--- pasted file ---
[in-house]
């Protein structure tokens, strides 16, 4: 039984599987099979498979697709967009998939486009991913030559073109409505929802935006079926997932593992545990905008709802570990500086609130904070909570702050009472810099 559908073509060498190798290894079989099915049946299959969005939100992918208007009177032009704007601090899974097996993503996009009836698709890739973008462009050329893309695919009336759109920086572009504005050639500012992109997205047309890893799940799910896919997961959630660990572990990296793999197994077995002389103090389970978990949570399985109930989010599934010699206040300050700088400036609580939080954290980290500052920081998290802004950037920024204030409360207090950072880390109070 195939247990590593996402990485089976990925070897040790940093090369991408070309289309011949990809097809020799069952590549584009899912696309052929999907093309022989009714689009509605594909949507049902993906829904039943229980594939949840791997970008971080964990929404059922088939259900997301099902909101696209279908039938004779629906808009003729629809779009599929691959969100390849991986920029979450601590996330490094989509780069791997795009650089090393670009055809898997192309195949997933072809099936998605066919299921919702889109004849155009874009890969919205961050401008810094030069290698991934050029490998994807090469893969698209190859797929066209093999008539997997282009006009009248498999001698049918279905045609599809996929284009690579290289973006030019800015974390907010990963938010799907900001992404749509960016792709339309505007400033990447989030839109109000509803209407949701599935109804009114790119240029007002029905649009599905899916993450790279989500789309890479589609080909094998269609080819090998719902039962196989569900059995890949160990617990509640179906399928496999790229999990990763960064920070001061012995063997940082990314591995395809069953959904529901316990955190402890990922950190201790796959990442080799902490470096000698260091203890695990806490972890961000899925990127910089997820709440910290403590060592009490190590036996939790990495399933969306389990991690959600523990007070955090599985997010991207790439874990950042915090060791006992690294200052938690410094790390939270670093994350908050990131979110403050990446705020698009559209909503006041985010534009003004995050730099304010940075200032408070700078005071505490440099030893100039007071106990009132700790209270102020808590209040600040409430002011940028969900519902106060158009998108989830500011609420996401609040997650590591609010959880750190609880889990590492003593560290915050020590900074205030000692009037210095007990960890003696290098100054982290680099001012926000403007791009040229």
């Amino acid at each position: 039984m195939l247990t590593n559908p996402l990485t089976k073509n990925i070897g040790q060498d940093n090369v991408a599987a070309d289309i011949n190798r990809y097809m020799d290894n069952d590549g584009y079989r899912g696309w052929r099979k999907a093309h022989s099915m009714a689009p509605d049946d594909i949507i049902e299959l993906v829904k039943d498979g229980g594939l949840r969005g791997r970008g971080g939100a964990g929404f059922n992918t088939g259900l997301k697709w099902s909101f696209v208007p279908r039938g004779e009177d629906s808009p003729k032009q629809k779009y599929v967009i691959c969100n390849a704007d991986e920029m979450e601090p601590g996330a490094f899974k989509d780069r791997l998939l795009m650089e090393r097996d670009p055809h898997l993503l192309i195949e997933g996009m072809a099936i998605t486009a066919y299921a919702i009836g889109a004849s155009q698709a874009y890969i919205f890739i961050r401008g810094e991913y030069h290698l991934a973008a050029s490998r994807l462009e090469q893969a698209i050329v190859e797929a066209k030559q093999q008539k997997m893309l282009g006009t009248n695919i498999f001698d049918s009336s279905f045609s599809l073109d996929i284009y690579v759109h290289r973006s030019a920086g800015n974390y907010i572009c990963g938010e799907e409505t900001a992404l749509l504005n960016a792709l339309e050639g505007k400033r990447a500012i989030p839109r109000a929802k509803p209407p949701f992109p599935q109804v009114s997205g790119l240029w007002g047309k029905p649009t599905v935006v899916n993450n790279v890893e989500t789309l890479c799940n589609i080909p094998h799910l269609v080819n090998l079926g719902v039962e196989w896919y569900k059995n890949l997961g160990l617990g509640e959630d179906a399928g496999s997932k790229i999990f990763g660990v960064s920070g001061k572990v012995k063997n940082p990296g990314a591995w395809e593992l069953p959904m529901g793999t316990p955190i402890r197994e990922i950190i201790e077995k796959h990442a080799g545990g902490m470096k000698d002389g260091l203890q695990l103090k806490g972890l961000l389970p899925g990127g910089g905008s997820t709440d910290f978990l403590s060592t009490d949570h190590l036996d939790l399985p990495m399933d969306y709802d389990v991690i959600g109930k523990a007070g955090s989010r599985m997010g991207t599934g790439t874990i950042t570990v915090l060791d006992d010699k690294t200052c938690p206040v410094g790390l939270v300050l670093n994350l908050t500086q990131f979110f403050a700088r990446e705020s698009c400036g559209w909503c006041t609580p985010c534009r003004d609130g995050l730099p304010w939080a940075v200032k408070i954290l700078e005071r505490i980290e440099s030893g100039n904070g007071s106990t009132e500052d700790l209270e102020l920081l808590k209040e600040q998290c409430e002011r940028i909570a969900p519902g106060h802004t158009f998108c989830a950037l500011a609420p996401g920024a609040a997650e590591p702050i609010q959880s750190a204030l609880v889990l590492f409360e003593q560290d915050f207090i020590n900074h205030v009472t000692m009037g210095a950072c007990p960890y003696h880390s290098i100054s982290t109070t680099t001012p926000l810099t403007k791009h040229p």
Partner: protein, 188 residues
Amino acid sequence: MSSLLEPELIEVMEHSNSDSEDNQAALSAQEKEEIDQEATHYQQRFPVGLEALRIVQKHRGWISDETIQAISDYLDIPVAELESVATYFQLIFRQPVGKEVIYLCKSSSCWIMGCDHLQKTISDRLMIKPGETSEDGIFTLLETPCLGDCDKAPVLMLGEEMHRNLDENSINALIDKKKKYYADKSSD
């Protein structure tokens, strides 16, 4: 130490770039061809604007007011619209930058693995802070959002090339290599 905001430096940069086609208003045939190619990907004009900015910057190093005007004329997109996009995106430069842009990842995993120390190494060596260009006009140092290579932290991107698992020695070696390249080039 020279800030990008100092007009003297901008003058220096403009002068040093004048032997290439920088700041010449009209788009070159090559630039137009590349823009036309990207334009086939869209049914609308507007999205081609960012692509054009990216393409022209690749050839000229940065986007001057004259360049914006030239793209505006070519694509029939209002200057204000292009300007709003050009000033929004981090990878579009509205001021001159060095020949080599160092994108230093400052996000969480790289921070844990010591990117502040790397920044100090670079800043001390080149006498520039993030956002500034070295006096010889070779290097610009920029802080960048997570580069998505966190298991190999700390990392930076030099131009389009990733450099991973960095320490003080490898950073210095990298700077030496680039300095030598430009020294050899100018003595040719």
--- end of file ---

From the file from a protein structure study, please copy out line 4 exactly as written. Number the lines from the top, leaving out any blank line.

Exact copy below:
Partner: protein, 188 residues